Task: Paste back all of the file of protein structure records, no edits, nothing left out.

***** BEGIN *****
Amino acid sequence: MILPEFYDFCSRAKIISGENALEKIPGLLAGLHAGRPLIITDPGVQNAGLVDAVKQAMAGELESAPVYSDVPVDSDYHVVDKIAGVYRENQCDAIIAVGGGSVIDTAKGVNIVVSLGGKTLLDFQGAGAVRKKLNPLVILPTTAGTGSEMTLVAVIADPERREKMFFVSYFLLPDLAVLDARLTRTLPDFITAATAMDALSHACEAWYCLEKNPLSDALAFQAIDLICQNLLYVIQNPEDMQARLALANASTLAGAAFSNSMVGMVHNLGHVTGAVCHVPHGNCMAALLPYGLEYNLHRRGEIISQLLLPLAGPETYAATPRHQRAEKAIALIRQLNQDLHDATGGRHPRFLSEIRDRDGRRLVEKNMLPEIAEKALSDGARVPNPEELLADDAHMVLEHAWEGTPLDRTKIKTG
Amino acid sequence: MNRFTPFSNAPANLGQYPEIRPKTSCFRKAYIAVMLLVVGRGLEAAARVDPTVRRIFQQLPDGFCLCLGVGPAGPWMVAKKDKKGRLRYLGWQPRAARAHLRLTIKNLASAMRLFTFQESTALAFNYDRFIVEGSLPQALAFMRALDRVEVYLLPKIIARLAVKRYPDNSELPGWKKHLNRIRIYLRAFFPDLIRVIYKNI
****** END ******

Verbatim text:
Amino acid sequence: MILPEFYDFCSRAKIISGENALEKIPGLLAGLHAGRPLIITDPGVQNAGLVDAVKQAMAGELESAPVYSDVPVDSDYHVVDKIAGVYRENQCDAIIAVGGGSVIDTAKGVNIVVSLGGKTLLDFQGAGAVRKKLNPLVILPTTAGTGSEMTLVAVIADPERREKMFFVSYFLLPDLAVLDARLTRTLPDFITAATAMDALSHACEAWYCLEKNPLSDALAFQAIDLICQNLLYVIQNPEDMQARLALANASTLAGAAFSNSMVGMVHNLGHVTGAVCHVPHGNCMAALLPYGLEYNLHRRGEIISQLLLPLAGPETYAATPRHQRAEKAIALIRQLNQDLHDATGGRHPRFLSEIRDRDGRRLVEKNMLPEIAEKALSDGARVPNPEELLADDAHMVLEHAWEGTPLDRTKIKTG
Amino acid sequence: MNRFTPFSNAPANLGQYPEIRPKTSCFRKAYIAVMLLVVGRGLEAAARVDPTVRRIFQQLPDGFCLCLGVGPAGPWMVAKKDKKGRLRYLGWQPRAARAHLRLTIKNLASAMRLFTFQESTALAFNYDRFIVEGSLPQALAFMRALDRVEVYLLPKIIARLAVKRYPDNSELPGWKKHLNRIRIYLRAFFPDLIRVIYKNI